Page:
by Seth Colter Walls
For real, keeping up with Big Boi has been a challenge of late. When he’s not giving us previews from his new, official product coming out next month, he’s going straight samizdat with the Andre 3000 collabos that Jive records won’t allow anyone to pay actual money for. Lost in the general haze of sturm und purp, though, was this weird little question that got my music-geek dander up. When “General Patton” hit, 72 internet news cycles ago, initial writeups gave credit for that fat chorus-and-orchestra sample to… an opera “by Georg Solti”? The conductor? Who never actually wrote any music? No. That didn’t sound cricket.
I spent some time crate-digging through my (limited) Georg Solti-conducted music collection, and came up with zilch. That’s because I don’t own much by Giuseppe Verdi, from whose pen the music for “General Patton” originates. Specifically, from “Vieni, o guerriero vindice,” in Act II of Aida. (Here’s a lo-bit, longer clip of the music in question.) This number comes right after Aida’s big-deal “triumphal march,” which makes a certain kind of sense if you think about it. Big Boi’s songs often kick off as though they’re coming on the heels of a great victory. And a Def Jam source confirms that the sample in “General Patton” does come from Solti’s 1962 recording of the Verdi opera. So, consider that one terribly small-bore musical mystery solved.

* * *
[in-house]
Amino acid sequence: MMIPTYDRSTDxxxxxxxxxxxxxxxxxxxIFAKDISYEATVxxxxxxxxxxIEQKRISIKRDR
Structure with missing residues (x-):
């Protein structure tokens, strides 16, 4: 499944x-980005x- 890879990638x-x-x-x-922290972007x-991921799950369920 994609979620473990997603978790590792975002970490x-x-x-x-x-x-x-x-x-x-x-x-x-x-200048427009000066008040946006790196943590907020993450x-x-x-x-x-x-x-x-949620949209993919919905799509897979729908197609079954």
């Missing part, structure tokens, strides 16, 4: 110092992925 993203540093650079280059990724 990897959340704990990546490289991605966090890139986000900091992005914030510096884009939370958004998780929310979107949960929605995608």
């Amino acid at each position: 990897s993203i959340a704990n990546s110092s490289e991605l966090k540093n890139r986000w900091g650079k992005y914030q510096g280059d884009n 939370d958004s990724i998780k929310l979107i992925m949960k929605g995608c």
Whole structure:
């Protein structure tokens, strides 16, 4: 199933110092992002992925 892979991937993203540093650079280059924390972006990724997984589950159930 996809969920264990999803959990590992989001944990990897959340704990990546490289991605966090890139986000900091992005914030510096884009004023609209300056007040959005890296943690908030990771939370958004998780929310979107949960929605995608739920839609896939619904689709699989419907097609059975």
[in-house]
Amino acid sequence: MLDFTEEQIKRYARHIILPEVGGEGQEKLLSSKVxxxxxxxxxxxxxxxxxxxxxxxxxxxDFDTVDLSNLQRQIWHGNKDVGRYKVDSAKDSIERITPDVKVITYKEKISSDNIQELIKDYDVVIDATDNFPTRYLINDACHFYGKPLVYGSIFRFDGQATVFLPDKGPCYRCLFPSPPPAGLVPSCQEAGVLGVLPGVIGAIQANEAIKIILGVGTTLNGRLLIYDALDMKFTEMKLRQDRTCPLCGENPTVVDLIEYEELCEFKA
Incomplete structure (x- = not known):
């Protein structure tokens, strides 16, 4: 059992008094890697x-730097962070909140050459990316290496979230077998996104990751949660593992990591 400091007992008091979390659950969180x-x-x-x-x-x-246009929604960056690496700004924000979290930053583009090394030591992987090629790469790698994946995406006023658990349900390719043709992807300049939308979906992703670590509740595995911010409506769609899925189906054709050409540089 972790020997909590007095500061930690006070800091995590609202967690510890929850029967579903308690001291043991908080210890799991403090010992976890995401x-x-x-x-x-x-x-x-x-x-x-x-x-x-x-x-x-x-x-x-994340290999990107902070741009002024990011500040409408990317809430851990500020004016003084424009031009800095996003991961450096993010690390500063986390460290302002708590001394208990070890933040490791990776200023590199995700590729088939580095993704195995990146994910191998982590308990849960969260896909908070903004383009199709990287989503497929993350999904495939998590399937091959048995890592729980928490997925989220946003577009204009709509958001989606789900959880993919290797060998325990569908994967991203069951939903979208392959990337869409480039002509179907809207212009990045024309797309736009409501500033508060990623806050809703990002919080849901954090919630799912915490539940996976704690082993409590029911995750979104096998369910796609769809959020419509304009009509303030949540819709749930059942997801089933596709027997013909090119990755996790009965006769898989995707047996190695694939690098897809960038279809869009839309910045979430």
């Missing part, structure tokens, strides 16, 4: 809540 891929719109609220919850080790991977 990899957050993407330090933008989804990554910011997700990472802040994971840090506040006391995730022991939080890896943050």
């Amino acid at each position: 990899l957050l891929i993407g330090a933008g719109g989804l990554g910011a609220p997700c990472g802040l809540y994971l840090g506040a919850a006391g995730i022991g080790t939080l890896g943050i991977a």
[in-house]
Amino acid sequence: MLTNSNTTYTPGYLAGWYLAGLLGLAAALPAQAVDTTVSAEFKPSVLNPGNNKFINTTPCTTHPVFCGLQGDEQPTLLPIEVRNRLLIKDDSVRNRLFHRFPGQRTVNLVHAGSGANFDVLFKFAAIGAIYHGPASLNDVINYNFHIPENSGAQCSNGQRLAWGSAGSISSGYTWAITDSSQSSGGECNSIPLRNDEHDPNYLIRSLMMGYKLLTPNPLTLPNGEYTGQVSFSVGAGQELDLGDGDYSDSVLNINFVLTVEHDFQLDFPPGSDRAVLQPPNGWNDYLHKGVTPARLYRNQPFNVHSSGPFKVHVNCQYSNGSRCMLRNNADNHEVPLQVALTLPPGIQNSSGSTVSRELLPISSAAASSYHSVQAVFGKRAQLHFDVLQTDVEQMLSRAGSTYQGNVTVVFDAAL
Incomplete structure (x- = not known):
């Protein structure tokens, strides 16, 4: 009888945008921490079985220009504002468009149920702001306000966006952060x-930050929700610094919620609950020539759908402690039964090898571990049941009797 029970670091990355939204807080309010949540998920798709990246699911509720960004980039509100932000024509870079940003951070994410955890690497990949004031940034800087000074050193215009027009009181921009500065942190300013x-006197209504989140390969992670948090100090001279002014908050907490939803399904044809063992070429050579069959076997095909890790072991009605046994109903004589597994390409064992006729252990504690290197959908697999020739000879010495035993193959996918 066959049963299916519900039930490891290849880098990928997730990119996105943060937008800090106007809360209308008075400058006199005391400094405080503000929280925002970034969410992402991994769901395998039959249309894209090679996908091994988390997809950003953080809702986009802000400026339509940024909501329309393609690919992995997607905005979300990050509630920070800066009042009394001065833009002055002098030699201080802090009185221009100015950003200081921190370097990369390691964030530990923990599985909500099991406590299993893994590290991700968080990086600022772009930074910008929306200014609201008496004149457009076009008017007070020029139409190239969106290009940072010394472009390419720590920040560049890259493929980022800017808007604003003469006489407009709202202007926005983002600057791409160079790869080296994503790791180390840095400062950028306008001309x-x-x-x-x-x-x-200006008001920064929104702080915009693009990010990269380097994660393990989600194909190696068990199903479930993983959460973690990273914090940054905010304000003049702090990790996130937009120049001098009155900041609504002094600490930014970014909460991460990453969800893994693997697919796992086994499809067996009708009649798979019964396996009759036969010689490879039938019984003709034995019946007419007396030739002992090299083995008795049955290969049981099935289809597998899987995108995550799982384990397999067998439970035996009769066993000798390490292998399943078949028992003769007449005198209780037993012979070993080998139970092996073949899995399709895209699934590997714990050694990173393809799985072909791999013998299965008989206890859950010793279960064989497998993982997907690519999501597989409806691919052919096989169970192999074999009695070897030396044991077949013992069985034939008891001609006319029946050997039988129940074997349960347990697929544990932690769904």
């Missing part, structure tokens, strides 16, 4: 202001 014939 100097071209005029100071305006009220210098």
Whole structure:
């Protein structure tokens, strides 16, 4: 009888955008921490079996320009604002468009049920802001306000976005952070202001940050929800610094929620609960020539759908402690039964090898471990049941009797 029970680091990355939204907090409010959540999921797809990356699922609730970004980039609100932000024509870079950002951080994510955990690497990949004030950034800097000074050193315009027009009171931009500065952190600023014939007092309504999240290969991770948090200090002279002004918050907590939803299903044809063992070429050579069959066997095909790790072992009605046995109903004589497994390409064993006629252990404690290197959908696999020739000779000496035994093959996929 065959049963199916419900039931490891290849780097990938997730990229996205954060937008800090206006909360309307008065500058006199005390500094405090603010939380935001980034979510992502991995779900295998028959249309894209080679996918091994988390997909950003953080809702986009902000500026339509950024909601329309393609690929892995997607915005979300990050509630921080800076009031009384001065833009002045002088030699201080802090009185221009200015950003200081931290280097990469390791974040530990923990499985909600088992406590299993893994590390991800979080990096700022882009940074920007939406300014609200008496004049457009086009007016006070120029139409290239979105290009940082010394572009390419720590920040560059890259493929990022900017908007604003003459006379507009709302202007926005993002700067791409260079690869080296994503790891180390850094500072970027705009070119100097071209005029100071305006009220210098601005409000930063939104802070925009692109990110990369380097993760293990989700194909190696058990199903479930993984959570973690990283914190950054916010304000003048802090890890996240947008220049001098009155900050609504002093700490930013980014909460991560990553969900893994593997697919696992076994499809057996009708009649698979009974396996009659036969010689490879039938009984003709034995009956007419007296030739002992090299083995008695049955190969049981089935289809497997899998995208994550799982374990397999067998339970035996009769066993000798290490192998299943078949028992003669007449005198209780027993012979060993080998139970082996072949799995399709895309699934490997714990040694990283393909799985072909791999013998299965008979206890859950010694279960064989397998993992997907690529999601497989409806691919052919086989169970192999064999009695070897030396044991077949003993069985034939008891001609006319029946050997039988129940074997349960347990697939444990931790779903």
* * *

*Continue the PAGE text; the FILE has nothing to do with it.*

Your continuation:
Oh, you want to know why Big Boi and co-producer J Beatz chose the 1962 Georg Solti recording of Aida in particular? (Since there are nearly a hundred versions to choose from?) Can’t say for sure, but maybe it’s because Solti was also a Wagnerian, with a rep for bringing that kind of thump to his Verdi conducting. I mean: heavy is heavy, and it speaks across genre.